By Mary MacDonald

Published June 11, 2021, 4 a.m.

Providence Business News


Certified nursing assistant Virginia Burdick works two jobs so she can afford the rent for her cramped, two-bedroom apartment in South Kingstown. Her daughter, 9, and son, 14, have never had their own rooms.

She makes too much to qualify for state assistance but not so much to live comfortably.

“If I don’t work my other job, I’m just barely cutting it,” said Burdick, 30. “I make too much for [government-provided] health insurance. I make too much for food stamps. I make too much for child care assistance. I make too much for cash assistance.”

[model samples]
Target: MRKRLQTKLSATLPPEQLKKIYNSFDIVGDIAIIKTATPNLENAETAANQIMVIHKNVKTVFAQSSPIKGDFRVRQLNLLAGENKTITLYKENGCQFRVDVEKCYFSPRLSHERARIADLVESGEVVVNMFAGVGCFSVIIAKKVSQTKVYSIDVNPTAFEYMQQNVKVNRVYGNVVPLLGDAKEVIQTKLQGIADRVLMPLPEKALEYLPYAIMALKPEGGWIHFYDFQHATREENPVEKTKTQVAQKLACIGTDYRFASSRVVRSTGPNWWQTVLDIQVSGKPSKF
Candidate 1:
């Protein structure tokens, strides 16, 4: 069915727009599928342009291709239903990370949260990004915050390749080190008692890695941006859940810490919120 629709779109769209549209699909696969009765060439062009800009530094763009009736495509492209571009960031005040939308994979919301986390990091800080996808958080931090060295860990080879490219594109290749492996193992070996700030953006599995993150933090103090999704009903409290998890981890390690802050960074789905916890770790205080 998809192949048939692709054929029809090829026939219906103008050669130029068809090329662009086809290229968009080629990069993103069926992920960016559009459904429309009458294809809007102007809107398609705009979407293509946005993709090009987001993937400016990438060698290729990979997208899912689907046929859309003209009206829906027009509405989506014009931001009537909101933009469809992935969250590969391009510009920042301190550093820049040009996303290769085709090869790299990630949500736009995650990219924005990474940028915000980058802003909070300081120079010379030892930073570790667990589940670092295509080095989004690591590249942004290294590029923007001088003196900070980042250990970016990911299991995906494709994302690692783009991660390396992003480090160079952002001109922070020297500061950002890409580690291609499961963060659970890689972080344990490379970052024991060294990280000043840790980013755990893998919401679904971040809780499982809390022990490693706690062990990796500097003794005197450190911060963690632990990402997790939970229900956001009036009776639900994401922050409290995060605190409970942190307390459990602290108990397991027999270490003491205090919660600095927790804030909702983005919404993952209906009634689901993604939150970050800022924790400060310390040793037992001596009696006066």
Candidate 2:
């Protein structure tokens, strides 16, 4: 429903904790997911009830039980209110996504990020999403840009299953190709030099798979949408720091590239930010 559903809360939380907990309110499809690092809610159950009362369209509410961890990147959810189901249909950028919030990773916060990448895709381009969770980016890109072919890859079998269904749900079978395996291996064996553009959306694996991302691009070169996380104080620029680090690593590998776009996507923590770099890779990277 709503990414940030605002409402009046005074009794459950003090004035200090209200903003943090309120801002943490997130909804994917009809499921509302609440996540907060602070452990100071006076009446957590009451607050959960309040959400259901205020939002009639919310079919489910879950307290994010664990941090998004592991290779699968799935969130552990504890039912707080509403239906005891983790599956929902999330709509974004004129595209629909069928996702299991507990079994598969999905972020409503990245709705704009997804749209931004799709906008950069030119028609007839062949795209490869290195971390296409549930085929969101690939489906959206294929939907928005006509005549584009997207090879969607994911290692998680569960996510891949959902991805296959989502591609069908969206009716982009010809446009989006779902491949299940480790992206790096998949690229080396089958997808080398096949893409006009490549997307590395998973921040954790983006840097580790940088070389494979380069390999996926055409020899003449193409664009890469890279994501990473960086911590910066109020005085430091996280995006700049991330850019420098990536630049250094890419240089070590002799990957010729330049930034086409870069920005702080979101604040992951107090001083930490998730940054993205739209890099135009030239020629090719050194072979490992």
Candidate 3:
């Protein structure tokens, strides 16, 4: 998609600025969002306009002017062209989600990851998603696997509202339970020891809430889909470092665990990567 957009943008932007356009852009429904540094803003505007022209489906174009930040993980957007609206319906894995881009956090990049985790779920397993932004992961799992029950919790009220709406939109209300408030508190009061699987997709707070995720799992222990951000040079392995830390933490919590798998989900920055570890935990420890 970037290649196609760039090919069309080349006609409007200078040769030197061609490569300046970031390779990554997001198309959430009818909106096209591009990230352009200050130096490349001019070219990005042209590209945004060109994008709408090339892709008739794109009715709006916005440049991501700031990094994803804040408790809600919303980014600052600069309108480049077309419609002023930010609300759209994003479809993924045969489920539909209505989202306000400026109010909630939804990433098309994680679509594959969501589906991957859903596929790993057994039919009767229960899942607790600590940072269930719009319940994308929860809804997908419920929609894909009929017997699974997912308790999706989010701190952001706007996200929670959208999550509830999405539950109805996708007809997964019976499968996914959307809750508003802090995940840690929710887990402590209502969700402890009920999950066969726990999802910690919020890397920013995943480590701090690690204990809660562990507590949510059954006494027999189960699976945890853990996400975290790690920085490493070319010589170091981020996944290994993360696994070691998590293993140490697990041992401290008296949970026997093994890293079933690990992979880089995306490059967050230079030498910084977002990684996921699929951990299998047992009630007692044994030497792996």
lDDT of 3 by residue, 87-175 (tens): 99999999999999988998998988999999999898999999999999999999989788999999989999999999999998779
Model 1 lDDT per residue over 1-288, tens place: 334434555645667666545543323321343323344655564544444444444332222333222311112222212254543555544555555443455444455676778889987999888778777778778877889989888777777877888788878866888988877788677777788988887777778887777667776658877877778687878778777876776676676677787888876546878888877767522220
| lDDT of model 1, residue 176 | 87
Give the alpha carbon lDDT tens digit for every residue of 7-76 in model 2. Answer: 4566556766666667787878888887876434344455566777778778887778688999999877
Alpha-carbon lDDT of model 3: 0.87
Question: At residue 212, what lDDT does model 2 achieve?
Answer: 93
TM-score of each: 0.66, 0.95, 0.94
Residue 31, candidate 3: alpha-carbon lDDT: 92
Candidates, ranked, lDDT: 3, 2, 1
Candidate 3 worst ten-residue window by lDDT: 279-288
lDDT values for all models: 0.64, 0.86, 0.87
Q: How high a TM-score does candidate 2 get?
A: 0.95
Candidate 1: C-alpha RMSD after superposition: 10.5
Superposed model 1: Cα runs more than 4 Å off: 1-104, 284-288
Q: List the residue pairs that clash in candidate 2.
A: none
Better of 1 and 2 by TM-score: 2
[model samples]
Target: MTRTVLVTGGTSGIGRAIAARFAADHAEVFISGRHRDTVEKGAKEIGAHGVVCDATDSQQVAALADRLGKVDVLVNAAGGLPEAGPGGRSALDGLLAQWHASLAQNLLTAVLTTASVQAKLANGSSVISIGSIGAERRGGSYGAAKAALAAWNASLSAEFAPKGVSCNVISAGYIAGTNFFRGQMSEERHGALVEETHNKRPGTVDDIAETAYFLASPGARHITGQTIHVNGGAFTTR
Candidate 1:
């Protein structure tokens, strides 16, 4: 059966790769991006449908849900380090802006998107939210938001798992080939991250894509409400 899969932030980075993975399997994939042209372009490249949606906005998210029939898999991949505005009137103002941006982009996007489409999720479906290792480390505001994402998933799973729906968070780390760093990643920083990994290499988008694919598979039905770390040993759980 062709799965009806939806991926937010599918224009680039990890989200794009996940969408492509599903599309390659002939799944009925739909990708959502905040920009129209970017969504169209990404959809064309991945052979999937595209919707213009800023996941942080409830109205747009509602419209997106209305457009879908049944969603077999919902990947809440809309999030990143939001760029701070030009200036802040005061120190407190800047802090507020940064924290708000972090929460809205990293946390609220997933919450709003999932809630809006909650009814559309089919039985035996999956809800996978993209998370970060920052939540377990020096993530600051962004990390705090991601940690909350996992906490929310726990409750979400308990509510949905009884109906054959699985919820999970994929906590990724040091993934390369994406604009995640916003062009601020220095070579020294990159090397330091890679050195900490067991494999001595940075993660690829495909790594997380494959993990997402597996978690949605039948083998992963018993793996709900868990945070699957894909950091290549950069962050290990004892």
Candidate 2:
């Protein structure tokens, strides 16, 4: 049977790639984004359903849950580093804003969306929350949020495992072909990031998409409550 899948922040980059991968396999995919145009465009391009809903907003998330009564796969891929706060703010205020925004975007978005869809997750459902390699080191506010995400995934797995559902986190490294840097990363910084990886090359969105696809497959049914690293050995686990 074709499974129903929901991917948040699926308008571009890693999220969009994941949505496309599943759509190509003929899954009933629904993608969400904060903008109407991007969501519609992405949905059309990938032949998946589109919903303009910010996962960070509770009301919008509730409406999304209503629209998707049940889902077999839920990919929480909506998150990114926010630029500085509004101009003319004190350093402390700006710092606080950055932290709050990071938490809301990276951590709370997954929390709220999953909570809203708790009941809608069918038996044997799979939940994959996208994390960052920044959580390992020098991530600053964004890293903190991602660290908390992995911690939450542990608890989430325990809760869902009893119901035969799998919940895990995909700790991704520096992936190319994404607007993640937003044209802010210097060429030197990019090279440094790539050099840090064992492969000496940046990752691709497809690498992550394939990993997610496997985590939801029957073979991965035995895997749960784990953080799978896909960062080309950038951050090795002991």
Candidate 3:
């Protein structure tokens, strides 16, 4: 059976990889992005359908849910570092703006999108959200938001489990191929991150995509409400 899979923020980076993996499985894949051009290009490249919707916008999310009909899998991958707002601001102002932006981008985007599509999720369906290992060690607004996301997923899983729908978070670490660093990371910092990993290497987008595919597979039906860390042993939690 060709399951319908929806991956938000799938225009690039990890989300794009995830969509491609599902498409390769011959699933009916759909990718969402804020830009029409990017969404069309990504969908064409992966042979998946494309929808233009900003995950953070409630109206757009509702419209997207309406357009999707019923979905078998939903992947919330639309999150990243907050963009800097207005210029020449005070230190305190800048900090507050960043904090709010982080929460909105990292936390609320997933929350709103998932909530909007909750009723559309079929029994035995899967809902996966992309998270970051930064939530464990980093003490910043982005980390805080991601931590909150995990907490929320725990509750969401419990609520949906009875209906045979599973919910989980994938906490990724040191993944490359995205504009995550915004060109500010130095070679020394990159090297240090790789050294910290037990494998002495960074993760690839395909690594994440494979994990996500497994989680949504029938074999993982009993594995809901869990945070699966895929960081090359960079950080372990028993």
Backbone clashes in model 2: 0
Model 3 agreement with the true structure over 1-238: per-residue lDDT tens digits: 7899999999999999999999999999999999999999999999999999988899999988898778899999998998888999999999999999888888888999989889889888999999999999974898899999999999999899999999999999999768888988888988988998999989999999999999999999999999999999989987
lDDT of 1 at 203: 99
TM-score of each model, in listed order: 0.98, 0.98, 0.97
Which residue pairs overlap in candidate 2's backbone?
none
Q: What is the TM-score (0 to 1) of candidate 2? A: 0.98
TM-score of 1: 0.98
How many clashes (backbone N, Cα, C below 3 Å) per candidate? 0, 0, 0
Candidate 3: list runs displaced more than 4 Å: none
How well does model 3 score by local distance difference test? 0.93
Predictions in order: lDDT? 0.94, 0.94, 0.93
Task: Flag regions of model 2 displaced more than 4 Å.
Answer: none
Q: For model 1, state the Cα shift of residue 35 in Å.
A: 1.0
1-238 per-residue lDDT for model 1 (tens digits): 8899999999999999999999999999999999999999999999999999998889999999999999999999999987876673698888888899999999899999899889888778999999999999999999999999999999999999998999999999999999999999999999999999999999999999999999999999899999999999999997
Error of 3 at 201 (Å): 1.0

She earns about $50,000 annually between her two nursing jobs – putting her among many Rhode Islanders who make a decent income but are being squeezed by skyrocketing rents and home prices.


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